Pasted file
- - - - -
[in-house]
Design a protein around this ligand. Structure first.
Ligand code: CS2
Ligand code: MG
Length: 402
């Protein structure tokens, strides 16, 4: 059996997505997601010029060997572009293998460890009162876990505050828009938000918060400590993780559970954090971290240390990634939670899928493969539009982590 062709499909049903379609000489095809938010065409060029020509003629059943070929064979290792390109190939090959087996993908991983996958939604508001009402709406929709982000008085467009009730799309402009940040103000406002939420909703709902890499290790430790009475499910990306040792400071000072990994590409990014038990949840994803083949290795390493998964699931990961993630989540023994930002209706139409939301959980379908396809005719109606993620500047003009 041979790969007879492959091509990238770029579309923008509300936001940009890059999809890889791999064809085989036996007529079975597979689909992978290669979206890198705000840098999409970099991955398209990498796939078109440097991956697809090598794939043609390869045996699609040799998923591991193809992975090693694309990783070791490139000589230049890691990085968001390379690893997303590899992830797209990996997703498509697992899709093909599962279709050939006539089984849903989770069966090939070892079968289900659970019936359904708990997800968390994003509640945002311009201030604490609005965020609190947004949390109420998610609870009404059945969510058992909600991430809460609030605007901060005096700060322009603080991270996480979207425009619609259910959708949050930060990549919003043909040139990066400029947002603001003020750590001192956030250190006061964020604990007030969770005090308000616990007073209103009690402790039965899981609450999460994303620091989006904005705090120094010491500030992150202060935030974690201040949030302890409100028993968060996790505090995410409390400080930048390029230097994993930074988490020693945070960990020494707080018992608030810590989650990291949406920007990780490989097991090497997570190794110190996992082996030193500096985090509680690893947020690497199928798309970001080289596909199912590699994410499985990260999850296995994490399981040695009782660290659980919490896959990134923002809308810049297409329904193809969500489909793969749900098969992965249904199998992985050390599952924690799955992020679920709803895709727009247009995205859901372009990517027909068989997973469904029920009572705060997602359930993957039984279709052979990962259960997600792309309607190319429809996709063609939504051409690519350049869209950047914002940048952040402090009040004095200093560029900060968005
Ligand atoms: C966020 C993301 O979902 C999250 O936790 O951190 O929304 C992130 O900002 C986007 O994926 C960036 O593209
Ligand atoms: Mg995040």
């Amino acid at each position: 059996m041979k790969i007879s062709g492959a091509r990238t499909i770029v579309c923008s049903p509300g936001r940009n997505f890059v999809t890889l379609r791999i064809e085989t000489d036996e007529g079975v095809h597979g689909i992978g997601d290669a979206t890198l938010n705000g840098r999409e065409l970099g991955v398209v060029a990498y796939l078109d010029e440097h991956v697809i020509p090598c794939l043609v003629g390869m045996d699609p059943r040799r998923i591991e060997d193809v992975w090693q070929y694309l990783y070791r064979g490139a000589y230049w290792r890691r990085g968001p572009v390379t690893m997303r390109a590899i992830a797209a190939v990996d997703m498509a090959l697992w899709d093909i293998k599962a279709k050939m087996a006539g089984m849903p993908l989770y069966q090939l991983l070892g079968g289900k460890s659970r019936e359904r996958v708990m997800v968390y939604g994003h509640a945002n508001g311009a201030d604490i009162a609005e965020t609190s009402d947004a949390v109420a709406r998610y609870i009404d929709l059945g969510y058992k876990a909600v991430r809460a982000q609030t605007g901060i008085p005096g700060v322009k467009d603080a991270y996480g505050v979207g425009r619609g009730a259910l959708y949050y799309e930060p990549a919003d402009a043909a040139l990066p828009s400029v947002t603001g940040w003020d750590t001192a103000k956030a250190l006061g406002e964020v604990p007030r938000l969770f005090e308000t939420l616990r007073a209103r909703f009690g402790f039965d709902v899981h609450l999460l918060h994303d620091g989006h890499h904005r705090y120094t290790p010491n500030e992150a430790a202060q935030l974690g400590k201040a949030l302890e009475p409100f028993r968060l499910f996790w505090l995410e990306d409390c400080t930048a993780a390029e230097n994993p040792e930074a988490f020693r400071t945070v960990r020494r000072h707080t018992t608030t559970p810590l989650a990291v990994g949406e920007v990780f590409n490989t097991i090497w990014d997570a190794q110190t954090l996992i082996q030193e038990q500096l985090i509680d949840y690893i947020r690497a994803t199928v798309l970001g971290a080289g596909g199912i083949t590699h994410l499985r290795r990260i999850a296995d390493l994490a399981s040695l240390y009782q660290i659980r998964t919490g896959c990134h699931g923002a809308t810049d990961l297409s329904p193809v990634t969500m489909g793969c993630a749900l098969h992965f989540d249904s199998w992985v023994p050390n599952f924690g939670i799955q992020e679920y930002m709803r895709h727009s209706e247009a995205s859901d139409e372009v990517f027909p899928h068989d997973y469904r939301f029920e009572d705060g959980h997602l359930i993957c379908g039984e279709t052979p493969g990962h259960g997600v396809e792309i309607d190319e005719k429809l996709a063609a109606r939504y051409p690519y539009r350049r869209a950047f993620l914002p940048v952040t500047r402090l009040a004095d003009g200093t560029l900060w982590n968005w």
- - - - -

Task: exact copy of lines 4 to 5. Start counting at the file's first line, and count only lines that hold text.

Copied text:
Ligand code: MG
Length: 402